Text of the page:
Vitreous with a monolayer of spindle-shaped cells on one surface (Millipore filter, modified Papanicolaou, original magnification × 100).
Layer of cortical vitreous (asterisk) with a monolayer of retinal pigment epithelium (arrow) with numerous mitochondria and spotty basal lamina on one surface (original magnification × 12 000).
Internal limiting lamina of the retina (asterisk) with a layer of collagen with a fiber diameter of 16 nm (cortical vitreous) (arrow) on its smooth internal surface (original magnification × 20 000).
A thin layer of native collagen (cortical vitreous) (asterisk) is sandwiched between the internal limiting lamina of the retina (arrowhead) and a layer of cells with bundles of 10-mm cytoplasmic filaments (probable fibrous astrocytes) (arrow) (original magnification × 20 000).
A 2-μm-thick layer of cortical vitreous (asterisk) is interposed between the internal limiting lamina of the retina (arrowhead) and a monolayer of probable retinal pigment epithelium (arrow) (original magnification × 8100).
A tapered layer of vitreous cortex (asterisk) is interposed between the internal limiting lamina of the retina (arrowhead) and a layer of cells (arrow) with bundles of 10-nm cytoplasmic filaments and basal lamina (fibrous astrocytes) (original magnification × 20 000).
Eye with extensive central liquefaction of vitreous. A rim of intact cortical vitreous (arrow) remains attached to the retina (periodic acid–Schiff, original magnification × 40).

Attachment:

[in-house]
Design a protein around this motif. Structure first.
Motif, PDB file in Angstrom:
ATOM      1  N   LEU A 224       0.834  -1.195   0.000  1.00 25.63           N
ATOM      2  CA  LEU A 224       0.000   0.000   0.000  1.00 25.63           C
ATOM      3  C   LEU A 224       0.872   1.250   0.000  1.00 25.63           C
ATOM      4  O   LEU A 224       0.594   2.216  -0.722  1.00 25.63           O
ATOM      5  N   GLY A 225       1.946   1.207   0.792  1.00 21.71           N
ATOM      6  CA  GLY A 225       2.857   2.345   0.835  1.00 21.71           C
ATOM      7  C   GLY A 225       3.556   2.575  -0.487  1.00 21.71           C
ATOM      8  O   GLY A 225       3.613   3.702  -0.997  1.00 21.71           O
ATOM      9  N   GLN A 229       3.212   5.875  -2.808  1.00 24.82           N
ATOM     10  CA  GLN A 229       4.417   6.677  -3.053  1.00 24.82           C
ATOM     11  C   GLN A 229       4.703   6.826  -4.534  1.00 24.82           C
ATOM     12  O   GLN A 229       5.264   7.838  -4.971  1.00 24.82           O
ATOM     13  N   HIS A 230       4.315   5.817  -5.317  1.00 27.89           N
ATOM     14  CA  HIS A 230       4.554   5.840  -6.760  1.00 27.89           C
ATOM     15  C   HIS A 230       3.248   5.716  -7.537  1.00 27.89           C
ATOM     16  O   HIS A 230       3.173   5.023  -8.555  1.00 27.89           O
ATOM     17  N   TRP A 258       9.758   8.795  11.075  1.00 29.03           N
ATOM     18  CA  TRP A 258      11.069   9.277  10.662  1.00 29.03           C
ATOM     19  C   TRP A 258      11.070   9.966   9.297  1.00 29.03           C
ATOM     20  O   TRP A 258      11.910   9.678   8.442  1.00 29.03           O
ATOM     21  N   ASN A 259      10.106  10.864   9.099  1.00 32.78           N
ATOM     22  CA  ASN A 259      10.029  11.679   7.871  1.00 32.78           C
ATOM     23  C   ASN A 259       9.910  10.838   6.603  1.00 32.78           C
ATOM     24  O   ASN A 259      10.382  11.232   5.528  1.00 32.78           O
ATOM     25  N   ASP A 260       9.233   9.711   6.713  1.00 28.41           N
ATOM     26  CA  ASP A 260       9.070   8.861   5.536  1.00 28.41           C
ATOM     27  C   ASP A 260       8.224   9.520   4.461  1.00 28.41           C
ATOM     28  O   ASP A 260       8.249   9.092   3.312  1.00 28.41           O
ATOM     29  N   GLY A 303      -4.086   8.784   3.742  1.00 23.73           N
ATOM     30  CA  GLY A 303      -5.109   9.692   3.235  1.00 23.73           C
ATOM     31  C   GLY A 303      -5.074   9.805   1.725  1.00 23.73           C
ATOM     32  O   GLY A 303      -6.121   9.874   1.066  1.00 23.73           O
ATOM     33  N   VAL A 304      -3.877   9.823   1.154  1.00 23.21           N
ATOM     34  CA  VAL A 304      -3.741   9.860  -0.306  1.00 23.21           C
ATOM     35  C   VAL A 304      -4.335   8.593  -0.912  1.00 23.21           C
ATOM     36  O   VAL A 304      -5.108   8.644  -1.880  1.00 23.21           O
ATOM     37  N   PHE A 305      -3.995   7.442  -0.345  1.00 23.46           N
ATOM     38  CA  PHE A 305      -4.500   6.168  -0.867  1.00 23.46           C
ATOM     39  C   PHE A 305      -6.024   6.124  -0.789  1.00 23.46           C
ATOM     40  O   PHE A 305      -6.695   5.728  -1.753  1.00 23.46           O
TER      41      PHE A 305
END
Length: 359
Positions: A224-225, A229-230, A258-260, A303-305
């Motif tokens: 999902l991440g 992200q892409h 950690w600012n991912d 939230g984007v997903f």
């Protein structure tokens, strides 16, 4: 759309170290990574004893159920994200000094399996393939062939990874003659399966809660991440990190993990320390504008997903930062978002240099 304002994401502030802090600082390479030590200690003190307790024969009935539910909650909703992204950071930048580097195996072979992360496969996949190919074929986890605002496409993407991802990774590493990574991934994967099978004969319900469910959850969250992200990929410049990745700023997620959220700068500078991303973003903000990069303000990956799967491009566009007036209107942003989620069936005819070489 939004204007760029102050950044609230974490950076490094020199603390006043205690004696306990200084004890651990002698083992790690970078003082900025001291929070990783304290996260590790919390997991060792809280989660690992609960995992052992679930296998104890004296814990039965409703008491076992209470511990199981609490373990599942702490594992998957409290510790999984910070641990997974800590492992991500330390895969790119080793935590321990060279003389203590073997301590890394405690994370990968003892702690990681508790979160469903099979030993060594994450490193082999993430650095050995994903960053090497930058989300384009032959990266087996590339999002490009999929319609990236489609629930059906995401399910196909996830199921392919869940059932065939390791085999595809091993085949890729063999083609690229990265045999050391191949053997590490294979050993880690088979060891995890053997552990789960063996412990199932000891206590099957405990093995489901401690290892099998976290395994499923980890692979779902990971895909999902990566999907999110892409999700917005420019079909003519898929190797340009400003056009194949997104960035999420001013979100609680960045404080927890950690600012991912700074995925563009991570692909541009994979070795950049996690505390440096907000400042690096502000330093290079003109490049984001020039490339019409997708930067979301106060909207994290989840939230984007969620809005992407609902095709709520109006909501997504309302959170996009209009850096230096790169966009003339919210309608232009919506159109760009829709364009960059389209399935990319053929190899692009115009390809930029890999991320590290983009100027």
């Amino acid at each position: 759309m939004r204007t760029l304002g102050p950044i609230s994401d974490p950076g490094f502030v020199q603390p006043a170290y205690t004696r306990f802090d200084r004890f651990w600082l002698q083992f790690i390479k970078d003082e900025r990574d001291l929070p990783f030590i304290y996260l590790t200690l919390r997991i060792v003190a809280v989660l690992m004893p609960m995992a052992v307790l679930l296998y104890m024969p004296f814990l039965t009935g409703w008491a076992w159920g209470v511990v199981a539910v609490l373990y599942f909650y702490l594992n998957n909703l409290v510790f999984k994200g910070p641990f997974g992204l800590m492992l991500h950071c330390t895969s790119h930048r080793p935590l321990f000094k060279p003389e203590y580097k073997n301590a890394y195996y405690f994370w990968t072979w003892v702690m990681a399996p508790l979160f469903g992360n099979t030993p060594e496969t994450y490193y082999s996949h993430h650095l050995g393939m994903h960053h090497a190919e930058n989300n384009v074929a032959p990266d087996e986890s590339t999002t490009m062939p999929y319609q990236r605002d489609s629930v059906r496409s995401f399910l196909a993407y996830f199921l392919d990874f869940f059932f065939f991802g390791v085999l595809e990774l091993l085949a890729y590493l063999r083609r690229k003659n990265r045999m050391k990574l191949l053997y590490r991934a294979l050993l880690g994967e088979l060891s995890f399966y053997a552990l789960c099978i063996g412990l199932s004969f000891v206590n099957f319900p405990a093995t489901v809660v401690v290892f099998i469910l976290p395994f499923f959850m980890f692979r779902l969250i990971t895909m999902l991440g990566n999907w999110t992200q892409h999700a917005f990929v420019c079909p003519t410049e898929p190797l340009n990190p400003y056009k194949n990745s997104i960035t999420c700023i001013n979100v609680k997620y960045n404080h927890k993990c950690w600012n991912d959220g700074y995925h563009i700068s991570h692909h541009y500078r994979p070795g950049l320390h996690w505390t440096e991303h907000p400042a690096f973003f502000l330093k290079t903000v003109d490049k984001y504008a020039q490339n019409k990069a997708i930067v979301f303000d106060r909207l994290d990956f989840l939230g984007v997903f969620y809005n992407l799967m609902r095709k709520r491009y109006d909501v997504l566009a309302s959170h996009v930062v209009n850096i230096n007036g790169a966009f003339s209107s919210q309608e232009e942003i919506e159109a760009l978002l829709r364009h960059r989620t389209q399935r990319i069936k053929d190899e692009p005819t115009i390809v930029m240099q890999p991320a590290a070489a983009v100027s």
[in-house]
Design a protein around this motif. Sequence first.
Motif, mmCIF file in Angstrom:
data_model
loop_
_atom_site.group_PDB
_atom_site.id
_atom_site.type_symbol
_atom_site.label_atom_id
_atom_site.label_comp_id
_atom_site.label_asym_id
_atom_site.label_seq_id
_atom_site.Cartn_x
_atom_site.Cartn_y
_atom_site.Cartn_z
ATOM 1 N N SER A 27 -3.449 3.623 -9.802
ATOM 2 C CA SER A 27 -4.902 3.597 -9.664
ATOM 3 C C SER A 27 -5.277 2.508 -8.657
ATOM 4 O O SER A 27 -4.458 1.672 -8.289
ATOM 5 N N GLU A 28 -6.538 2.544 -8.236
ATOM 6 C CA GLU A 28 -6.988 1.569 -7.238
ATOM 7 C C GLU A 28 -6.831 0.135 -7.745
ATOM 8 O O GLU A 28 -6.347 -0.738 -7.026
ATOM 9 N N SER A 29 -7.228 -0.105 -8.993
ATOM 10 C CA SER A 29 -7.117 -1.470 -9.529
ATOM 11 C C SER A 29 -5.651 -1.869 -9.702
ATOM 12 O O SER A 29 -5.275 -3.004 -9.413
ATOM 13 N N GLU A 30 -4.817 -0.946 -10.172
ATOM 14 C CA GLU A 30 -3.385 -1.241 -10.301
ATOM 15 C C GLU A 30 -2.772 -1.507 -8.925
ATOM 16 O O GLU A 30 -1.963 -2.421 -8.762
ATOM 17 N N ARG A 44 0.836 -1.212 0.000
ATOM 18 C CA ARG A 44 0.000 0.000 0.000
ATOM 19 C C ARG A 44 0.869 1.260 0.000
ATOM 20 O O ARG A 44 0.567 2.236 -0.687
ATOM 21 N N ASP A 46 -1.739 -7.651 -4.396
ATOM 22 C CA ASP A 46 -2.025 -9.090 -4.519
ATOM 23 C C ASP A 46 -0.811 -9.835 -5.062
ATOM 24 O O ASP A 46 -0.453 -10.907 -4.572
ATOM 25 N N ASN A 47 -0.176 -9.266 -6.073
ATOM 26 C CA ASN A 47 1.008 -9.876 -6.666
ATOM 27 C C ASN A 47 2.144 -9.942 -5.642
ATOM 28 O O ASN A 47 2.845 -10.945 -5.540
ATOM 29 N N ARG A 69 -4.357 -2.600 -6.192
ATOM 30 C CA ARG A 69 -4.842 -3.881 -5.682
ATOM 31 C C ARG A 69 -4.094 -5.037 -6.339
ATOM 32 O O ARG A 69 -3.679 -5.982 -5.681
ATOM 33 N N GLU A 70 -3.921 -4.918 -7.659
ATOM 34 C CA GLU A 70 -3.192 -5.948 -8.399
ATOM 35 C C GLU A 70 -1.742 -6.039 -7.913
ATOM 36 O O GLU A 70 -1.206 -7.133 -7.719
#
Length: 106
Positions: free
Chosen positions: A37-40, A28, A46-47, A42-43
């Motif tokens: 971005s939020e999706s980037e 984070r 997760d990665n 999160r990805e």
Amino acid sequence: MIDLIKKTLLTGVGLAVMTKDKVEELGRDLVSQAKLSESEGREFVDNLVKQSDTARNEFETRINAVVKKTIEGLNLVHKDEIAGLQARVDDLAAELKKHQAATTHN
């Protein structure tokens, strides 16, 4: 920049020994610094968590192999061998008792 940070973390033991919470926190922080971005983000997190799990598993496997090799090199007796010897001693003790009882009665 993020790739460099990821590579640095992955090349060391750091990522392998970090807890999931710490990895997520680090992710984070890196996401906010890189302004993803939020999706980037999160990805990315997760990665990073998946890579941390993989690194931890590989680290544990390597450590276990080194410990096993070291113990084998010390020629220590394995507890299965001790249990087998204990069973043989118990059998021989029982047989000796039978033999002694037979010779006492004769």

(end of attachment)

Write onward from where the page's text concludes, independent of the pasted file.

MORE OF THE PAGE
Postmortem eye with macular hole (A). The macular hole has rounded margins (B) and a layer of cortical vitreous (asterisk) is present (C). Debris along the inner surface of cortical vitreous is present (B and C) (A, gross ×1.25; B, hematoxylin, original magnification ×40; C, hematoxylin, original magnification ×160).
Postmortem eye. Nasal (A) and temporal (B) margins of an idiopathic macular hole with a cellular proliferation (arrows) along the inner surface of cortical vitreous (asterisks) (periodic acid–Schiff, original magnification ×100).
Green WR. The Macular HoleHistopathologic Studies. Arch Ophthalmol. 2006;124(3):317-321. doi:10.1001/archopht.124.3.317
To delineate the light and electron microscopic features of tissue removed at the time of macular hole surgery.
The ocular fluid specimens were concentrated using Millipore filters and stained with a modified Papanicolaou and the periodic acid–Schiff stains in 697 cases. In 92 cases, surgically isolated tissue was processed and examined by electron microscopy.
The findings in the specimens studied by the Millipore filter technique included vitreous strands; cellular fragments in 108 cases (13.3%); fibrocellular fragments in 75 (9.2%); and fragments of internal limiting lamina (ILL) of the retina in 104 (12.8%). Findings in the 92 specimens with tissue studied by electron microscopy included native vitreous collagen in 48 cases (52.2%); new collagen in 6 (6.5%); native and new collagen in 1 (1.2%); ILL of the retina in 54 (58.7%); and a variety of cells in 22.5% of cases, including fibrocytes, myofibrocytes, fibrous astrocytes with and without myoblastic features, Mueller cells, retinal pigment epithelium with and without myoblastic features, and inflammatory cells. The organization of the tissue elements included a cellular layer along one surface of a layer of cortical vitreous in 18 cases, cortical vitreous along the inner surface of the ILL of the retina in 10, and cortical vitreous sandwiched between the ILL of the retina and a layer of cells in 9.
Tangential traction induced by fluid movements affecting the cortical vitreous is a major factor in the pathogenesis of idiopathic macular holes. Cellular proliferation is a secondary change seen in 22.2% of cases.